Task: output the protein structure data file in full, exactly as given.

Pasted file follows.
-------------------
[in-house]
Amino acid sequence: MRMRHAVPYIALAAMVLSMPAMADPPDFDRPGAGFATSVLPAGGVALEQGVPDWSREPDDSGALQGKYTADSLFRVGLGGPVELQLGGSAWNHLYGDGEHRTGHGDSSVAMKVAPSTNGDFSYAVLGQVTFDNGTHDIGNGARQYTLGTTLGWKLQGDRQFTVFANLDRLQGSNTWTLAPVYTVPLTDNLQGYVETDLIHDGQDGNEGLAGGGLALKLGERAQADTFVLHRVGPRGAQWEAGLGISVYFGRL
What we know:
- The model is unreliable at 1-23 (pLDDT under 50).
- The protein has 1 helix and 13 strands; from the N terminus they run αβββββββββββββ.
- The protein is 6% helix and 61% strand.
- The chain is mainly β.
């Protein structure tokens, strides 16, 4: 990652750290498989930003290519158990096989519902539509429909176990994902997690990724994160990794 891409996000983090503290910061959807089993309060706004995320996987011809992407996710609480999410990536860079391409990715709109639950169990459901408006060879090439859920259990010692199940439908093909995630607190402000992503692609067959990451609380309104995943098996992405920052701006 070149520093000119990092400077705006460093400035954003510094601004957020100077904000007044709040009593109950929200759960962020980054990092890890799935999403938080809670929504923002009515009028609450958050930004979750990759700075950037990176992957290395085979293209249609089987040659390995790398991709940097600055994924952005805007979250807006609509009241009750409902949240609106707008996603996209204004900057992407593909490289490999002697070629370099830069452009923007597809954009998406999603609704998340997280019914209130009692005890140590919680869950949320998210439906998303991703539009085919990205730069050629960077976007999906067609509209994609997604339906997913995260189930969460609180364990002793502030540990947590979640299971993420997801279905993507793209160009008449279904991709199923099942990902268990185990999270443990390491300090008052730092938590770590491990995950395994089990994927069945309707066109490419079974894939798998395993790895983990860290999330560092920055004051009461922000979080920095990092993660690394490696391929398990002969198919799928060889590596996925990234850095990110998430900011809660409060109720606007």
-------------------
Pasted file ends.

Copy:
[in-house]
Amino acid sequence: MRMRHAVPYIALAAMVLSMPAMADPPDFDRPGAGFATSVLPAGGVALEQGVPDWSREPDDSGALQGKYTADSLFRVGLGGPVELQLGGSAWNHLYGDGEHRTGHGDSSVAMKVAPSTNGDFSYAVLGQVTFDNGTHDIGNGARQYTLGTTLGWKLQGDRQFTVFANLDRLQGSNTWTLAPVYTVPLTDNLQGYVETDLIHDGQDGNEGLAGGGLALKLGERAQADTFVLHRVGPRGAQWEAGLGISVYFGRL
What we know:
- The model is unreliable at 1-23 (pLDDT under 50).
- The protein has 1 helix and 13 strands; from the N terminus they run αβββββββββββββ.
- The protein is 6% helix and 61% strand.
- The chain is mainly β.
């Protein structure tokens, strides 16, 4: 990652750290498989930003290519158990096989519902539509429909176990994902997690990724994160990794 891409996000983090503290910061959807089993309060706004995320996987011809992407996710609480999410990536860079391409990715709109639950169990459901408006060879090439859920259990010692199940439908093909995630607190402000992503692609067959990451609380309104995943098996992405920052701006 070149520093000119990092400077705006460093400035954003510094601004957020100077904000007044709040009593109950929200759960962020980054990092890890799935999403938080809670929504923002009515009028609450958050930004979750990759700075950037990176992957290395085979293209249609089987040659390995790398991709940097600055994924952005805007979250807006609509009241009750409902949240609106707008996603996209204004900057992407593909490289490999002697070629370099830069452009923007597809954009998406999603609704998340997280019914209130009692005890140590919680869950949320998210439906998303991703539009085919990205730069050629960077976007999906067609509209994609997604339906997913995260189930969460609180364990002793502030540990947590979640299971993420997801279905993507793209160009008449279904991709199923099942990902268990185990999270443990390491300090008052730092938590770590491990995950395994089990994927069945309707066109490419079974894939798998395993790895983990860290999330560092920055004051009461922000979080920095990092993660690394490696391929398990002969198919799928060889590596996925990234850095990110998430900011809660409060109720606007």